Update in Aaron Hernandez Trial
The murder trial of former New England Patriots player Aaron Hernandez began Friday with the judge telling the first batch of prospective jurors that they could still be chosen to sit on the panel even if they had heard about the high-profile case.
Hundreds of jurors were expected to file through the halls of the Fall River Justice Center on the first day of the selection process. Hernandez, 25, is charged with killing Odin Lloyd, a 27-year-old semiprofessional football player from Boston who was dating the sister of Hernandez’s fiancee. At the time of the killing June 17, 2013, Hernandez had a $40 million contract with the Patriots.
The court was strictly enforcing a special rule imposed by the judge for the duration of the trial, which bans from the courthouse logos for the Patriots, NFL or any football-related insignia, or words or photographs relating to the case. One man wearing a Boston Bruins jersey and waiting in a security line near potential jurors yelled out, “Go Pats!” and was kicked out of the courthouse.
The court planned to bring in prospective jurors in three groups of 125 per day Friday, Monday and Tuesday to fill out questionnaires. More than 1,000 people are expected to report as prosecutors and defense lawyers haggle over whom to seat on the jury.
During the first court session Friday, Hernandez greeted the jurors with “good morning” when he was introduced to them by Bristol County Superior Judge Susan Garsh, then sat impassively and looked around the room as Garsh described the charges against him.
“I want to stress that the charges in the indictment are merely allegations — claims if you will,” Garsh said. The indictment, she said, “is not evidence of anything.”
Acting District Attorney Thomas Quinn made a short statement to media outside court but would not answer questions.
“We look forward to a jury being selected that is fair and impartial to both sides,” he said.
Hernandez’s lawyers would not comment as they brought in several items, including a mini refrigerator, coffeemaker, Ritz crackers and coat hangers.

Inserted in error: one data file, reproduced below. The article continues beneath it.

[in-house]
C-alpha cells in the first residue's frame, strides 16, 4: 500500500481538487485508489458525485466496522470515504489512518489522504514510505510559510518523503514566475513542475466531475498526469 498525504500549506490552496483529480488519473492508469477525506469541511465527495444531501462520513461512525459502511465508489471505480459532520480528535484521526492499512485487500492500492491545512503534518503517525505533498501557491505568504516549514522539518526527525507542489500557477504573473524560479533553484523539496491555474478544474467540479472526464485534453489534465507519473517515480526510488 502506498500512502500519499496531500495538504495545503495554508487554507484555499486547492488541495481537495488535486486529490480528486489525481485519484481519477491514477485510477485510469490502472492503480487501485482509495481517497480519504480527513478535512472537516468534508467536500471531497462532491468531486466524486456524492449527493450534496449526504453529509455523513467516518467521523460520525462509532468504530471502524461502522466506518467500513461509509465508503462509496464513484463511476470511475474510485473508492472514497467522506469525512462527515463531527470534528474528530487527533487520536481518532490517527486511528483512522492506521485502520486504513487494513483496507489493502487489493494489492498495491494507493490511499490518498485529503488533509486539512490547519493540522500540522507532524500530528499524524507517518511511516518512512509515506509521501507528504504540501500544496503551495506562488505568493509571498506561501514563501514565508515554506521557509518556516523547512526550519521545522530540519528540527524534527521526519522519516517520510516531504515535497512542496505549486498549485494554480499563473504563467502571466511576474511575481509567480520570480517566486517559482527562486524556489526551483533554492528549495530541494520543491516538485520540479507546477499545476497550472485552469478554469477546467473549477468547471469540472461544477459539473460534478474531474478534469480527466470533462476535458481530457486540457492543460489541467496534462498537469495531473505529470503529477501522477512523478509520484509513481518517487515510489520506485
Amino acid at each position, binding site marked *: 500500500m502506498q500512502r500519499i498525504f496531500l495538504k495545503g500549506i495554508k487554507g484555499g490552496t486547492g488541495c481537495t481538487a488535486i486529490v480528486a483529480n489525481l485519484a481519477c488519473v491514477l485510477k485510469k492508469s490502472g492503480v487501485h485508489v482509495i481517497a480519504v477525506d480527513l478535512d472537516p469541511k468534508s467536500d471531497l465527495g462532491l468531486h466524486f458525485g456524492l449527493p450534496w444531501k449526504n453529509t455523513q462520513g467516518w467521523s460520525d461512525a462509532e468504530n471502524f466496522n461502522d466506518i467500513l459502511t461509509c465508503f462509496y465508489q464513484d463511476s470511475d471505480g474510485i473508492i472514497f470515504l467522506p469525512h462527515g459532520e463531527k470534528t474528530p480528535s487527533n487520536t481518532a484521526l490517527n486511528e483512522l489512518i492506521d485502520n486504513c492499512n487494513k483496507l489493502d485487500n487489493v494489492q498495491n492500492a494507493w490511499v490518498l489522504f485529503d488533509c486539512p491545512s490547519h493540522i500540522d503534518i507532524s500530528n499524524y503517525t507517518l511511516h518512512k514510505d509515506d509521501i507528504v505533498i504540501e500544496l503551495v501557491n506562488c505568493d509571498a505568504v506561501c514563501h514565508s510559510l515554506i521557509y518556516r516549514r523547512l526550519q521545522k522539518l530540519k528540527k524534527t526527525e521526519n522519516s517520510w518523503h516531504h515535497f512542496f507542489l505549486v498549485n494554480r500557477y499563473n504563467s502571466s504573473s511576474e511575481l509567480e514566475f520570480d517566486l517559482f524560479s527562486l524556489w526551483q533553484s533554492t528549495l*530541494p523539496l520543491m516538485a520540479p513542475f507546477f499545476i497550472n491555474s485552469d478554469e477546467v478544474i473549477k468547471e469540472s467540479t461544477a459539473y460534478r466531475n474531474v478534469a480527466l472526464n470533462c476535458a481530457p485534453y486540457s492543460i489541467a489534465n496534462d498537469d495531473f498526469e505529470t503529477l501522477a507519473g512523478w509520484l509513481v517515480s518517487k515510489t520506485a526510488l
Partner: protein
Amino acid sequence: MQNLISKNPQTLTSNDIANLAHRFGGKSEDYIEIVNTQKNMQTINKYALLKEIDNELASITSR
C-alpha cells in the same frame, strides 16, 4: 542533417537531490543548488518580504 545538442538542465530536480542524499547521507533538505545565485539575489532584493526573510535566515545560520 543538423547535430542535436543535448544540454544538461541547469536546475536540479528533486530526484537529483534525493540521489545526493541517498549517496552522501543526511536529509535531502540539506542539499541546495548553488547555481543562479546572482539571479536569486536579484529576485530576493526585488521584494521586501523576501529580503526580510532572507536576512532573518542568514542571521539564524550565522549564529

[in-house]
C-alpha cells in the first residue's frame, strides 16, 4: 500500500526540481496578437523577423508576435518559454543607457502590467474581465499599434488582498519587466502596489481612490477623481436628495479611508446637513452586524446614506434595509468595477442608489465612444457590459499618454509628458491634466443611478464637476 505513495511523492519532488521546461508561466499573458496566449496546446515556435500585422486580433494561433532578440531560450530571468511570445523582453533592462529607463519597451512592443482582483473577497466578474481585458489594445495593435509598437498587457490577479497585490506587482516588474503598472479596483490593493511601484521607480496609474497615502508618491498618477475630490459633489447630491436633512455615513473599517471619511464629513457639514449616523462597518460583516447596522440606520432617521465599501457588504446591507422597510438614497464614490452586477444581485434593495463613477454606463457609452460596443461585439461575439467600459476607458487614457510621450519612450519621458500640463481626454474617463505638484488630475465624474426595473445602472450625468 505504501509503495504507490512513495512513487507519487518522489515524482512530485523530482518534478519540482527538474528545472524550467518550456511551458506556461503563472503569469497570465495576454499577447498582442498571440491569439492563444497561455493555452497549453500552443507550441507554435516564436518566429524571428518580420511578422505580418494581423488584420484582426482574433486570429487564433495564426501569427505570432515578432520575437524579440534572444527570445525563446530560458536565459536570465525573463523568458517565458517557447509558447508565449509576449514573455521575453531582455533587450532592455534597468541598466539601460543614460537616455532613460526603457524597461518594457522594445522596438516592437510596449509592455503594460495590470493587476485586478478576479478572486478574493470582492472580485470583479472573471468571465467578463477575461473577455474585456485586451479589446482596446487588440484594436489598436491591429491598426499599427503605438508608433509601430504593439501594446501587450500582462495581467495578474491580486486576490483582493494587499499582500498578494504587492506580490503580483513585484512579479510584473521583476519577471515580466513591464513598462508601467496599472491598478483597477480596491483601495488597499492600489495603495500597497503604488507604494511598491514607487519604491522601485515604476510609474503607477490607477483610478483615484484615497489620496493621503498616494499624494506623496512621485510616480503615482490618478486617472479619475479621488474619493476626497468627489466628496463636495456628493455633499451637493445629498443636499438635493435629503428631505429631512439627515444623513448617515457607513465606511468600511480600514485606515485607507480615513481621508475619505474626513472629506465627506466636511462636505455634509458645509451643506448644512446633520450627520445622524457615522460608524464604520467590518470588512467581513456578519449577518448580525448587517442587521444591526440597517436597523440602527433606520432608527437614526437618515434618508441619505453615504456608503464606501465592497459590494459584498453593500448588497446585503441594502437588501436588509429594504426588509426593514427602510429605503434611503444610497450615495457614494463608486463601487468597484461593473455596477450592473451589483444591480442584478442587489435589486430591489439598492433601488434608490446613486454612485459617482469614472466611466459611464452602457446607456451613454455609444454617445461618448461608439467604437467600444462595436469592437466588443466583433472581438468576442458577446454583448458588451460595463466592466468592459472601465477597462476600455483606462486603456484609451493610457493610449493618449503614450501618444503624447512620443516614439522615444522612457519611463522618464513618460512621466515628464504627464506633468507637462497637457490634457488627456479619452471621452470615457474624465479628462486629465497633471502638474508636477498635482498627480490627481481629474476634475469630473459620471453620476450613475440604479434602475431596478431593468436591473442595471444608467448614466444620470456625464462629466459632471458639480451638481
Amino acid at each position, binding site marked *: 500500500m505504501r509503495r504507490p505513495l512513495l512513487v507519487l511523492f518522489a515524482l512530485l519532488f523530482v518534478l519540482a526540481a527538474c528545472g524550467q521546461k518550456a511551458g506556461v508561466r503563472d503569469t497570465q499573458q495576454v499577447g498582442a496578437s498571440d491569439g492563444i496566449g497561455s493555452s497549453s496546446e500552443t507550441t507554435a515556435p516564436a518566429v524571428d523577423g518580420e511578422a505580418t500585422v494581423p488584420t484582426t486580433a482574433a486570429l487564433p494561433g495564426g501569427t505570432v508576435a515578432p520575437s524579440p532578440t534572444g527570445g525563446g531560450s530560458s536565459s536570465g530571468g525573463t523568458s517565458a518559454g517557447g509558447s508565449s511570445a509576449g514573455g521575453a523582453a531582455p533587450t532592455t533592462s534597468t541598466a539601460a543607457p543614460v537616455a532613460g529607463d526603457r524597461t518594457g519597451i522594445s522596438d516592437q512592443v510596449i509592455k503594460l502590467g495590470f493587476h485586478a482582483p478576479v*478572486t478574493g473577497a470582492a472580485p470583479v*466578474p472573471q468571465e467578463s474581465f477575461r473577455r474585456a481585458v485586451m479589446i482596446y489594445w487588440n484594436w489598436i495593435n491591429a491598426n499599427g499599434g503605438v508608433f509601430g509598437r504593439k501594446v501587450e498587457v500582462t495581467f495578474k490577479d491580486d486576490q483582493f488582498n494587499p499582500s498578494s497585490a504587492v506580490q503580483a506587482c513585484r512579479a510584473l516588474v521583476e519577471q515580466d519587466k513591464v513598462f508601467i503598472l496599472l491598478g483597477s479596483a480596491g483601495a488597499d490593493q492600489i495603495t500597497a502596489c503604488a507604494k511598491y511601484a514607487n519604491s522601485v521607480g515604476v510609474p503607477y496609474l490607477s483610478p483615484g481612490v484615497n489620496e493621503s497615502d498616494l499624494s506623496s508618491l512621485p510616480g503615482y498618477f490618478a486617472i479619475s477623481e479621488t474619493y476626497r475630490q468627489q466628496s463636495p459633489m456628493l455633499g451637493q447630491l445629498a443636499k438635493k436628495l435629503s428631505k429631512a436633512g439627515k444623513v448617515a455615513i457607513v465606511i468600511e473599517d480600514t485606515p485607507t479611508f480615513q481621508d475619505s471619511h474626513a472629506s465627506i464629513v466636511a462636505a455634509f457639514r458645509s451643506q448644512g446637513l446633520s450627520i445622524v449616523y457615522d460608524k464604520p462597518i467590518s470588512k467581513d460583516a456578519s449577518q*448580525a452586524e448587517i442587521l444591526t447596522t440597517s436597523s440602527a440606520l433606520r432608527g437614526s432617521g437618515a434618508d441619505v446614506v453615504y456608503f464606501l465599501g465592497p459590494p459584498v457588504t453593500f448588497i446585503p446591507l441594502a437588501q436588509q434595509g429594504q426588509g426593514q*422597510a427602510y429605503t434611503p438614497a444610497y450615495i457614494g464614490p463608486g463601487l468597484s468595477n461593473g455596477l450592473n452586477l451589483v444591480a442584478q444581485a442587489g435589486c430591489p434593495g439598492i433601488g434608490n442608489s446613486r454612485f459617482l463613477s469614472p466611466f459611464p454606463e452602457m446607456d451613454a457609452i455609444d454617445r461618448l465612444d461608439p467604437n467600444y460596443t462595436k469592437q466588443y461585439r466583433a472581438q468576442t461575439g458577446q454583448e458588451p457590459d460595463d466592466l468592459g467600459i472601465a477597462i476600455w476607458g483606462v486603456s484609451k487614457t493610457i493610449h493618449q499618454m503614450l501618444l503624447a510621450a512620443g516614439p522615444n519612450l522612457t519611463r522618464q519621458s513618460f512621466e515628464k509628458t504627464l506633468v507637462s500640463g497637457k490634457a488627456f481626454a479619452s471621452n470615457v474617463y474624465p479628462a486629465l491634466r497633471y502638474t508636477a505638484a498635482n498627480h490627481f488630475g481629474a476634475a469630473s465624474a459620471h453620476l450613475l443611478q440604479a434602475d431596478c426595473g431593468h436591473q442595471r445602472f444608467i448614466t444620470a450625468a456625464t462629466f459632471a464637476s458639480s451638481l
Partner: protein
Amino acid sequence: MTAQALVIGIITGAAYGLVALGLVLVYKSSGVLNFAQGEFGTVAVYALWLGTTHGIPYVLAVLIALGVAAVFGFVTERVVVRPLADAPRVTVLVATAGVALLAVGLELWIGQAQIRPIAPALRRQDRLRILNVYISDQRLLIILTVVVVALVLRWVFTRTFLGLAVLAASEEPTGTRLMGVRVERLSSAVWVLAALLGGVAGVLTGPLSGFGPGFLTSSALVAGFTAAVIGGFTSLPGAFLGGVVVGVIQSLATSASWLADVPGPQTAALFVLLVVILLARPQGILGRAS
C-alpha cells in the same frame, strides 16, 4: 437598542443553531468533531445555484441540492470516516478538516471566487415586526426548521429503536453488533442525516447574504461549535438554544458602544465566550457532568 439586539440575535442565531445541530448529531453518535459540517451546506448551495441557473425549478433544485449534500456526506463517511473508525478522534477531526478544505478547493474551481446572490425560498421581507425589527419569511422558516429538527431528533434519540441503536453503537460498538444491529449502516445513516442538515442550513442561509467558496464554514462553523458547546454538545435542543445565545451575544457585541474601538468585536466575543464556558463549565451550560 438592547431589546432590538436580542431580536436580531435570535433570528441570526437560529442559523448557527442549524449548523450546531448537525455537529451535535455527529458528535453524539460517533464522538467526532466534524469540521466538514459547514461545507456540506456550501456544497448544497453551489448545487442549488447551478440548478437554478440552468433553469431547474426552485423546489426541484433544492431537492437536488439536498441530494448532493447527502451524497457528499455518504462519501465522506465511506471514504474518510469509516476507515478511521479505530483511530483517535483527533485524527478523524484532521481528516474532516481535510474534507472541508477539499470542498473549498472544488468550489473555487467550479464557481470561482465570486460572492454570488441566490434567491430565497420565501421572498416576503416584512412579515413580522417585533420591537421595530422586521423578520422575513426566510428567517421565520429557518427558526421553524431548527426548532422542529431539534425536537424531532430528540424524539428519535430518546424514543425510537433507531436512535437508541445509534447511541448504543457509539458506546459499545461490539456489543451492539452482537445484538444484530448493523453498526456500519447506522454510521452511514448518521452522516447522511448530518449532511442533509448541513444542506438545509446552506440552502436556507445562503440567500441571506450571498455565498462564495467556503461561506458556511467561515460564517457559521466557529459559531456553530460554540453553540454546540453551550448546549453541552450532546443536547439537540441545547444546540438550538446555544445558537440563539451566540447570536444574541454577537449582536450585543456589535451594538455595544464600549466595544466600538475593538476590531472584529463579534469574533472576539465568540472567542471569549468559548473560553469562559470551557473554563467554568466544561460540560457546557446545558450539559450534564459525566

Prosecutors say Hernandez and two other men, Carlos Ortiz and Ernest Wallace, picked Lloyd up at his home in Boston’s Dorchester section and took him to an industrial park near Hernandez’s home in North Attleborough, where he was shot to death. Prosecutors haven’t said who pulled the trigger but said Hernandez orchestrated the killing. Ortiz and Wallace have pleaded not guilty to murder charges and will be tried separately.
The trial, expected to last six to 10 weeks, will not be the end of Hernandez’s legal troubles. He faces separate murder charges in Boston, where he is accused of killing two men after one of them accidentally spilled a drink on him at a nightclub in 2012. The trial date has not yet been set.
In the Lloyd case, Garsh told jurors not to discuss their service or the case with anyone. She told them that even if they had heard about the case, they may still be chosen to sit on the jury.
Starting next Thursday, jurors will be told whether to report for the second phase of the trial, Garsh said. The judge will then conduct individual questioning of jurors. Eighteen jurors will be selected. The entire process is expected to last through next week, if not longer.
Nearly 300 people are on the prosecution’s list of potential witnesses, including Patriots coach Bill Belichick and team owner Robert Kraft.
Among the others listed as potential witnesses is Hernandez’s fiancee, Shayanna Jenkins. Prosecutors have said Jenkins lied dozens of times to the grand jury investigating Lloyd’s killing, including when she said she couldn’t remember where she disposed of a large box from the basement of their home that Hernandez apparently told her to get rid of. She had been granted immunity before her grand jury testimony.
This week, prosecutors petitioned the judge to grant Jenkins immunity for the trial. It was not yet clear whether the judge had approved that.
Neither Jenkins nor any other Hernandez family members were seen in court Friday.